Posted by James Financial Services Inc

What is an Education Savings Bond?

What is an Education Savings Bond?

An education savings bond program allows eligible taxpayers to exempt all or part of the interest earned on eligible savings bonds' redemption from gross annual income. Securities are tax-exempt when their owners use principal and interest to pay for higher education at qualified institutions, whether they attend themselves, their spouses, or their dependents.


Points to Note

  • An education savings bond program allows taxpayers to exempt some of the interest earned on redeeming qualifying savings bonds from their gross annual income.

  • Bonds cannot pay for books, rooms, meals, or sports programs.

  • The bondholder should be at least 24 years old at the time of purchase of the bond to qualify for this program.

  • The bond should only be used for course-related expenses, such as lab fees and university courses.


Investors must follow the following rules in order to take full advantage of this program: 

  • The security holder must be at least 24 years old at the time of acquisition. If a parent purchases the bond and puts it on behalf of a child under 24, the bond is not eligible.

  • When using a savings bond, all funds should cover the higher education expenses of owners, spouses, or dependents. The Internal Revenue Service (IRS) only recognizes payments made to qualified institutions where the US Department of Education has established student assistance programs.

  • Funds must only be used for educational expenses, including lab fees and courses requiring a degree. Funds cannot be used to cover expenses for food, books, or leisure activities. 

  • Buy-back bonds can also be used to contribute tax-free to a Coverdell education savings account.

  • Eligible study expenses must be incurred during the same fiscal year as the bond's redemption.

  • Any non-taxable payment for education, school aid, or free scholarships must be deducted from eligible expenses.

  • If the bonds' total income is less than the number of eligible expenses, all accrued interest on the deposit remains tax-free. However, if the bond's income exceeds the number of eligible expenses, the amount of interest, excluding tax, is proportional to proportional reduction.

  • The amount of non-taxable interest is based on the owner's modified adjusted gross income (MAGI). If the owner's MAGI reaches a certain limit, they may not be eligible for this program. For joint taxpayers as of 2017, this limit was $ 147,250. For individuals, the MAGI limit was $ 93,150. Married owners must file common taxes to qualify for the exemption.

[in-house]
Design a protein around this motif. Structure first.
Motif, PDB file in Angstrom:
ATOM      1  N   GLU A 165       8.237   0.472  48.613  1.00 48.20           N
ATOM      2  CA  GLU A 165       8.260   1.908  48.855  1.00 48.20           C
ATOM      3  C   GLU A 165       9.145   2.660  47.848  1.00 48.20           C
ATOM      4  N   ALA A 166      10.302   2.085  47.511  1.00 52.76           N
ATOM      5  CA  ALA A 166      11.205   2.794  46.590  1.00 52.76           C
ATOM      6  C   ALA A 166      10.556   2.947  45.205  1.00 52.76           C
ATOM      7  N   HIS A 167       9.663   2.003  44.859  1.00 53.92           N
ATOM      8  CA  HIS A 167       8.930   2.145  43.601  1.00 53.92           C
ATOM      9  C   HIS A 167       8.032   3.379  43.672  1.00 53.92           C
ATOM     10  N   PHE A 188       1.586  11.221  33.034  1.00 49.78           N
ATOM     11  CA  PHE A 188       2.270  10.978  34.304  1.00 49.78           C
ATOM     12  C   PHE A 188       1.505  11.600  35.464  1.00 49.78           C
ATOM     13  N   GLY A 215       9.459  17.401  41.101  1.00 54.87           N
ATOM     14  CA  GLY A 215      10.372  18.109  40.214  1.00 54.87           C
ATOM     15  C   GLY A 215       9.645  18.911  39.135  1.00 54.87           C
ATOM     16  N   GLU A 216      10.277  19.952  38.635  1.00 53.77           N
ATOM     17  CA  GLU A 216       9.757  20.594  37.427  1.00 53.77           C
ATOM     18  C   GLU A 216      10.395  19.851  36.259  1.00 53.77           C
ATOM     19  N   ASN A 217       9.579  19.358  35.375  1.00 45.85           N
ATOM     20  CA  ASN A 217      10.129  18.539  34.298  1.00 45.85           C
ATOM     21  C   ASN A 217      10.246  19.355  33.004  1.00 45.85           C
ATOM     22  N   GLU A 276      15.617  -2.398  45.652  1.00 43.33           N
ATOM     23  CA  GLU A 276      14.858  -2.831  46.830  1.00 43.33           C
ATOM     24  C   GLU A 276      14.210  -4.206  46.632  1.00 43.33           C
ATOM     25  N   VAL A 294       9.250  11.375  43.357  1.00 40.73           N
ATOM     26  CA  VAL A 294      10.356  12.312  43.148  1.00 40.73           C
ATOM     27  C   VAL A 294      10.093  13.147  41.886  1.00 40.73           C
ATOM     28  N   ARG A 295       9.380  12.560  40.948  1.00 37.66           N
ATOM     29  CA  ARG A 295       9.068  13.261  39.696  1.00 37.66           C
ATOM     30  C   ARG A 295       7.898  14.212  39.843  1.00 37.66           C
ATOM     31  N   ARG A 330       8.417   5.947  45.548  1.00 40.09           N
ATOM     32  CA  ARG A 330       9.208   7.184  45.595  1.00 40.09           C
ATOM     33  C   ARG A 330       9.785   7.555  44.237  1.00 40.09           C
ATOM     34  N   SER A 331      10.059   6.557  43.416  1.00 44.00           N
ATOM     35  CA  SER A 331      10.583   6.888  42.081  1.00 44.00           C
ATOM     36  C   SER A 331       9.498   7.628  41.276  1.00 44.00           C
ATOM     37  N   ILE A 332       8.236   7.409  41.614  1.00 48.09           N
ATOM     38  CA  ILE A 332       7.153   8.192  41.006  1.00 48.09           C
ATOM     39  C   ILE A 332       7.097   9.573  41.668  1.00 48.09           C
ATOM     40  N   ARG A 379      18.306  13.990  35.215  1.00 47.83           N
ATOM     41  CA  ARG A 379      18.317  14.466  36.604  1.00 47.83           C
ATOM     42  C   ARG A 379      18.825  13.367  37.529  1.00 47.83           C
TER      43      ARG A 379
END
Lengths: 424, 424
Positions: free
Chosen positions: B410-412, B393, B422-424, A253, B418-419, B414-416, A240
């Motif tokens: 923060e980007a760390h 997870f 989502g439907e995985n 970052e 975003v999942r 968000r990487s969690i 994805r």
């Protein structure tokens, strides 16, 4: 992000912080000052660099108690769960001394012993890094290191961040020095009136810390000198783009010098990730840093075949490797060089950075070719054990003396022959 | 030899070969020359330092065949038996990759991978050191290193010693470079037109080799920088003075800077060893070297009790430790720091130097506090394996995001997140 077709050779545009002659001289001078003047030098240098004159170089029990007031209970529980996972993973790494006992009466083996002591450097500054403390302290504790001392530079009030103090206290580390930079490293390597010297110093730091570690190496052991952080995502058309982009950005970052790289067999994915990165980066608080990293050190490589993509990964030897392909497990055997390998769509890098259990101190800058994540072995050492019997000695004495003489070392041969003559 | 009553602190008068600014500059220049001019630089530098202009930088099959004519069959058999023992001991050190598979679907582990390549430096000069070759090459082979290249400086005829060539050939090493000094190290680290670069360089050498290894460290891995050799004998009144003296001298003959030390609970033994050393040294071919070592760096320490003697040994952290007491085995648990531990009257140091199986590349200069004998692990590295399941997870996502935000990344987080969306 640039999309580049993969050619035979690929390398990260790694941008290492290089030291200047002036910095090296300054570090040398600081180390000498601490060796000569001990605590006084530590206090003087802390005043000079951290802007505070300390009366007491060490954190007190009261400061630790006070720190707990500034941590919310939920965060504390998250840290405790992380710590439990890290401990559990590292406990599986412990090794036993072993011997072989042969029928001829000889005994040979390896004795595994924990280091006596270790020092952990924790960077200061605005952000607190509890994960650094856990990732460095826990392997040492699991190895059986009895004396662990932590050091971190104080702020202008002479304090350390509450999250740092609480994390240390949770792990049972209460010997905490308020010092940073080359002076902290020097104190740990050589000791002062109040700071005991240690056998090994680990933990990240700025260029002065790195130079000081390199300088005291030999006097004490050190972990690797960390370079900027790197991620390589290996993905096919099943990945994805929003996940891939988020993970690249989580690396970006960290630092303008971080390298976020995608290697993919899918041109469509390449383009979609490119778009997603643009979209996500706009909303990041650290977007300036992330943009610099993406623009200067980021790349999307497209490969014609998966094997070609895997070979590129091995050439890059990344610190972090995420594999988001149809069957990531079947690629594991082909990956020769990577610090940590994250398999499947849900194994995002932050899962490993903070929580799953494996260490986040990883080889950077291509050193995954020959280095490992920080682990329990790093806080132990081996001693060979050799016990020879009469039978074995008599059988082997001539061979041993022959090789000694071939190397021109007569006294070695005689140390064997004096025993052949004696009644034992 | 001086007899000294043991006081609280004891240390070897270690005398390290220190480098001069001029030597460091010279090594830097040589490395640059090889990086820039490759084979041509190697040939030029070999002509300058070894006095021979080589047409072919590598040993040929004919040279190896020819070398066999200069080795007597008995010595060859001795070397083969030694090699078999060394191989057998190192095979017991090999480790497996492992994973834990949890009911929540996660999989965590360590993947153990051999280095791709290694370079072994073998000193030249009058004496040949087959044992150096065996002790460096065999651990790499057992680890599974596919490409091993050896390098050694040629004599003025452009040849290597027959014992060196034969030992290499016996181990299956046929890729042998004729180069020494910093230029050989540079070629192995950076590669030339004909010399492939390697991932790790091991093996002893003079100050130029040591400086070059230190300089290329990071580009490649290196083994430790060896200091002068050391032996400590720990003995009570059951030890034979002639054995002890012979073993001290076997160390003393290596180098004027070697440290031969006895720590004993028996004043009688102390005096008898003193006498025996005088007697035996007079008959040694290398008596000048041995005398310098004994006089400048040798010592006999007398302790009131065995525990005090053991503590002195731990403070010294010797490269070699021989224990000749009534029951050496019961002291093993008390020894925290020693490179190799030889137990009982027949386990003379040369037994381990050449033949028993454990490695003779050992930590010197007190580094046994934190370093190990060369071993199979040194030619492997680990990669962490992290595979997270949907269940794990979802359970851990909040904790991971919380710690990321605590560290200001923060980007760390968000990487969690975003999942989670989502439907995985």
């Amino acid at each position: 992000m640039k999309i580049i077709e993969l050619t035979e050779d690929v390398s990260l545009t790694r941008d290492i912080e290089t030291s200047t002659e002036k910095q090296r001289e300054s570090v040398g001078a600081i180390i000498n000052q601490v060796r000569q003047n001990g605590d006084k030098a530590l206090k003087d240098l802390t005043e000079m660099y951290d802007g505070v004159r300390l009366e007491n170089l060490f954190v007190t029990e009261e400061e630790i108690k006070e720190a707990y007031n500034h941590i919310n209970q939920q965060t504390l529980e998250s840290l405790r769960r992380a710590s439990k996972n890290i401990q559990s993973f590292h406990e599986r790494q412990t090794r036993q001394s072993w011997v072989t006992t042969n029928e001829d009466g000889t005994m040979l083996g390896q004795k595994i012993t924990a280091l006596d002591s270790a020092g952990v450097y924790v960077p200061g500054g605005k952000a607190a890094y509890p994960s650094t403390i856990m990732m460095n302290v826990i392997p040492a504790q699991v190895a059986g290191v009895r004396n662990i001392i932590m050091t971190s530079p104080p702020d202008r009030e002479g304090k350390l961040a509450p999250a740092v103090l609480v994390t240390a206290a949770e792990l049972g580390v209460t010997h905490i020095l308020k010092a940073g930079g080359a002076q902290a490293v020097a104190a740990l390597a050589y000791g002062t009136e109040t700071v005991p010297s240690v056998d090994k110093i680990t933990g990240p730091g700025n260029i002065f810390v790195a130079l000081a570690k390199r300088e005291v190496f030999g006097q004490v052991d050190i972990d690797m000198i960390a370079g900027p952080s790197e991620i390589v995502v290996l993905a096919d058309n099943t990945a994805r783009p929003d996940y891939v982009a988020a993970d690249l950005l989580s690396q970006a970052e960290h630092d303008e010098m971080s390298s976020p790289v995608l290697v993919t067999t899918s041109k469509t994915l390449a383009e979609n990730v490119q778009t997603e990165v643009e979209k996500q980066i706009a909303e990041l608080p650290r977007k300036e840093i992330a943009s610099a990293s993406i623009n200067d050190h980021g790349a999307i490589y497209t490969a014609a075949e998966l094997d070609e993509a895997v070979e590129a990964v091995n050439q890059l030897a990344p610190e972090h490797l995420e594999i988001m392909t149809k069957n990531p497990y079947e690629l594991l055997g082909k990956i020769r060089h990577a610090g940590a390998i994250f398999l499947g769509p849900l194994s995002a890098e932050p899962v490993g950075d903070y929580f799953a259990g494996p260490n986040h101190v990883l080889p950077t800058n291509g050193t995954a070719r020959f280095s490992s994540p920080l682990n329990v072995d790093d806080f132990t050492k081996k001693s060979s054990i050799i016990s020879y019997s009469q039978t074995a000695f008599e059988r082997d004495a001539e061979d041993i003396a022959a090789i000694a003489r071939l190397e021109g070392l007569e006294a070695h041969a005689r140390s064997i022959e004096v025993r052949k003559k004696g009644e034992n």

• All payments made with bond proceeds must be reported to the IRS along with itemized receipts. It is also vital to keep detailed records of all bonds redeemed. Taxpayers should use forms that the IRS has prepared specifically for this purpose.

Can I use my Savings Bonds to Pay for my education?

Exclusion from schooling applies to people who finance their university studies, their spouses, or children. To qualify for the exclusion, funds generated from using the bonds must be used to pay for tuition, fees, or materials for your undergraduate program courses. Books, computers, and rooms are not considered eligible educational expenses under this exclusion.

Also, the following conditions must apply:

  • The bonds were purchased by someone over 24 years old.

  • When you are used to paying for your child's education, the bonds remain in your name.

  • Your marital status for tax purposes is "single" or "married filing jointly."

Finally, there is an income limit to benefit from the exclusion.

 

Saving Bonds vs. 529 Plans

While government bonds are a safe investment, many people have opted for 529 plans since their inception in 1996. 529 Coverdell education programs and savings accounts offer the same tax benefits as those obtained under tax exclusion and offer countless advantages over economic captivity.

The ESA Coverdell 529 plans can be used for a wide range of educational expenses, including books, accommodation, and food, and are not considered FAFSA® resources. Savings Bonds, including EE and Series I Bonds, must be asset-registered with the FAFSA®, which will result in a higher score for the Expected Family Contribution. To be eligible for this program, the capitalization bonds must be EE or Series I bonds issued after 1989.



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